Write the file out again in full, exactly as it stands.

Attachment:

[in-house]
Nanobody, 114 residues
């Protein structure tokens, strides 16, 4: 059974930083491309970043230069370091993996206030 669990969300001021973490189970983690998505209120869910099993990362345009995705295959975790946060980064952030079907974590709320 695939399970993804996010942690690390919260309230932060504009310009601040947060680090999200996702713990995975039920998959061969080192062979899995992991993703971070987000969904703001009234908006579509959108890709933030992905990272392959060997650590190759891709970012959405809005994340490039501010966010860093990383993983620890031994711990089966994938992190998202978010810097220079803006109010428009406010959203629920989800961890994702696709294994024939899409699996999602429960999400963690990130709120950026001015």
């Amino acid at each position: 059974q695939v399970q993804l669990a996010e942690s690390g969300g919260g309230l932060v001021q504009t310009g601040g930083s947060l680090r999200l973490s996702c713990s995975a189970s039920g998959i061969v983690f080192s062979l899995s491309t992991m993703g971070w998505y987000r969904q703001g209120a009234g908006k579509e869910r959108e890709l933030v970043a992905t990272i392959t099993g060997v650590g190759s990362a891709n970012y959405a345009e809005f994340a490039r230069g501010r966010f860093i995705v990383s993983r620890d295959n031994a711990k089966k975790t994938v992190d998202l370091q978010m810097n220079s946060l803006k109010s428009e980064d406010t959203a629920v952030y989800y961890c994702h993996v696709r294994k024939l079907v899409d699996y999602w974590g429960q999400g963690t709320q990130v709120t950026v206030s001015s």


[in-house]
Nanobody, 114 residues
């Protein structure tokens, strides 16, 4: 059974930083491309970043230069370091993996206030 669990969300001021973490189970983690998505209120869910099993990362345009995705295959975790946060980064952030079907974590709320 695939399970993804996010942690690390919260309230932060504009310009601040947060680090999200996702713990995975039920998959061969080192062979899995992991993703971070987000969904703001009234908006579509959108890709933030992905990272392959060997650590190759891709970012959405809005994340490039501010966010860093990383993983620890031994711990089966994938992190998202978010810097220079803006109010428009406010959203629920989800961890994702696709294994024939899409699996999602429960999400963690990130709120950026001015």
């Amino acid at each position: 059974q695939v399970q993804l669990a996010e942690s690390g969300g919260g309230l932060v001021q504009t310009g601040g930083s947060l680090r999200l973490s996702c713990s995975a189970s039920g998959i061969v983690f080192s062979l899995s491309t992991m993703g971070w998505y987000r969904q703001g209120a009234g908006k579509e869910r959108e890709l933030v970043a992905t990272i392959t099993g060997v650590g190759s990362a891709n970012y959405a345009e809005f994340a490039r230069g501010r966010f860093i995705v990383s993983r620890d295959n031994a711990k089966k975790t994938v992190d998202l370091q978010m810097n220079s946060l803006k109010s428009e980064d406010t959203a629920v952030y989800y961890c994702h993996v696709r294994k024939l079907v899409d699996y999602w974590g429960q999400g963690t709320q990130v709120t950026v206030s001015s």